The Framework Convention Alliance for Tobacco Control

European Union provides €5.2 million for tobacco control

The European Commission (EC) made a significant contribution to global tobacco control Thursday, announcing a €5.2 million (US$7 million) grant to the WHO Framework Convention on Tobacco Control (FCTC).

The money will be used mainly for needs assessments in low and middle-income countries "to help these countries to fully implement the FCTC and to better integrate tobacco control policies into their national health programmes and strategies", according to an EC news release.

Australian graphic warnings to lead the way

Smoking emphysemaOne of Australia’s new proposed graphic health warnings. © Australian governmentThe Australian Government is taking another huge step in cutting the country’s smoking rates by releasing its proposed new graphic health warnings for tobacco products.

The new warnings are scheduled to come into effect on 1 July 2012, when the county’s plain packaging requirements are set to come into effect.

On 17 September 2011, the Australian Government released a consultation paper on the proposed new health warnings.  

FCA backs Philippines against tobacco industry

FCA has congratulated the Government of the Philippines for its recent tobacco control (TC) initiatives and offered support in combating tobacco industry interference in those measures.

In its letter, FCA highlights the number of challenges the industry has launched against TC programmes, including a smoking ban in Metro Manila. “It is indeed most alarming how a number of pending cases utilise your own statute, Republic Act 9211 or the Tobacco Regulation Act, in restraining the execution of the WHO Framework Convention on Tobacco Control (FCTC), which the Philippines ratified in 2005.”

NCD Summit: encouraging outcomes

By FCA Director Laurent Huber

I had the privilege of attending the UN Summit this week, where I listened to heads of state and high-level government representatives make statements recognising the need for action on NCDs and their risk factors – many of which specified tobacco and the FCTC.

Again and again we heard that NCDs are a development issue that needs a multi-sector, whole of government approach.

Australia contributes A$700,000 to the FCTC

The Australian Government again demonstrated its leadership in global tobacco control Tuesday, announcing a grant of A$700,000 to the WHO Framework Convention on Tobacco Control (FCTC).

Australian Health Minister Nicola Roxon shakes hands with Haik Nikogosian of the Framework Convention Secretariat at the UN's NCD SummitAustralian Health Minister Nicola Roxon shakes hands with Haik Nikogosian of the Framework Convention Secretariat at the UN's NCD Summit in New York on Tuesday. Watching are (left-right) FCA board member Paula Johns, FCA Advocacy and Policy Director Francis Thompson and FCA Director Laurent Huber (c) FCA

At the UN High-level Meeting on Non-communicable Diseases (NCDs) in New York, Health Minister Nicola Roxon said that $400,000 of the grant will go to a working group created to produce guidelines on tobacco taxes.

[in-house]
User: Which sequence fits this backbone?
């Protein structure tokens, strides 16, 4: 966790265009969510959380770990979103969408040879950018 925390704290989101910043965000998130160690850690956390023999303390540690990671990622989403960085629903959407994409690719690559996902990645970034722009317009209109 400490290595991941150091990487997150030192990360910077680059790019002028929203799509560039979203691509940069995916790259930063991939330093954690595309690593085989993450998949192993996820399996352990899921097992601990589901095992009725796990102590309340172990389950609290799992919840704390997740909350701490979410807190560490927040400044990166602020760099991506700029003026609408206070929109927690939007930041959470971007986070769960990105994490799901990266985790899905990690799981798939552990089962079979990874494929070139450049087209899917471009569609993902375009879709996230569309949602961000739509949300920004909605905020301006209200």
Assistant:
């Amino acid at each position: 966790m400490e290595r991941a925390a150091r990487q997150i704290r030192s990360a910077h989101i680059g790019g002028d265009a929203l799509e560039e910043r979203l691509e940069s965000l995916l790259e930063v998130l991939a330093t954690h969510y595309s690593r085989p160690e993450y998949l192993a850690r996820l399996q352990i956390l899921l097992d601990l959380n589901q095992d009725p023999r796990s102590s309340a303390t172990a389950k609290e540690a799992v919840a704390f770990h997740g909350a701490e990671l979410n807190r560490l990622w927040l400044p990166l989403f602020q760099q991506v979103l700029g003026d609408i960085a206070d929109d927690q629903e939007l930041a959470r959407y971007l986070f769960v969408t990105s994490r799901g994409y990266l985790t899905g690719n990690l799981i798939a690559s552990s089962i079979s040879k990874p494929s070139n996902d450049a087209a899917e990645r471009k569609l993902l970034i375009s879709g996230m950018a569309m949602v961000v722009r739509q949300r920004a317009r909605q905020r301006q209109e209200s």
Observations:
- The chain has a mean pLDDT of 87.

Countries ban smoking in vehicles with children

Laws prohibiting smoking in vehicles carrying children have been adopted in South Africa, Mauritius, Bahrain, Puerto Rico and in provincial or state governments in the US, Canada and Australia.

The laws help protect children from exposure to very high levels of tobacco smoke that can cause increased health risks like bronchitis, pneumonia, asthma, ear infections and Sudden Infant Death Syndrome.

Status of parties’ payments for FCTC released

The Secretariat of the WHO Framework Convention on Tobacco Control (FCTC) recently published the status of voluntary assessed contributions (VACs) provided by Parties to the FCTC budget.

The document provides an overview of payments made by individual Parties from 2006 until 2011 to finance the work of the Secretariat.

MPs pass Australia's plain packaging bill

An example of Australia's proposed plain packaging. Copyright Government of Australia.

Australian MPs on Wednesday approved legislation that would require plain packaging on tobacco products by 2012. The bill now goes to the Senate for reading. 

The legislation, the first of its kind in the world, forbids branding, logos, symbols and images on packaging and on cigarettes.

The bill and an explanatory memorandum acknowledge Australia's obligations as a Party to the WHO Framework Convention on Tobacco Control (FCTC).

First EMRO smoking cessation conference

Framework Convention Alliance (FCA) members recently held the first regional conference about smoking cessation in Jordan.

The conference is the first of its kind in the WHO’s Eastern Mediterranean (EMRO) region, and addressed guidelines to Article 14 (cessation) of the Framework Convention on Tobacco Control (FCTC), which were adopted during last year’s fourth Conference of the Parties (COP4) in Uruguay.

Lebanon adopts tobacco control law

After five years of effort, Lebanon on Wednesday adopted a tobacco control law.

The law includes a full ban on smoking in all public places, a ban on all forms of ads and sponsorships, health warnings covering 40 per cent of both sides of cigarette packages and a maximum 20 percent of hotel rooms set aside for smokers.

Activists from Indy-ACT play soccer in front of Lebanon's Parliament in 2010 to symbolise how lawmakers were 'playing games' with tobacco control legislation. (c) Indy-ACT

It also promotes joint participation of the Ministry of Public Health, Ministry of Economy, Ministry of Interior, municipalities and civil society in order to ensure effective implementation of the law.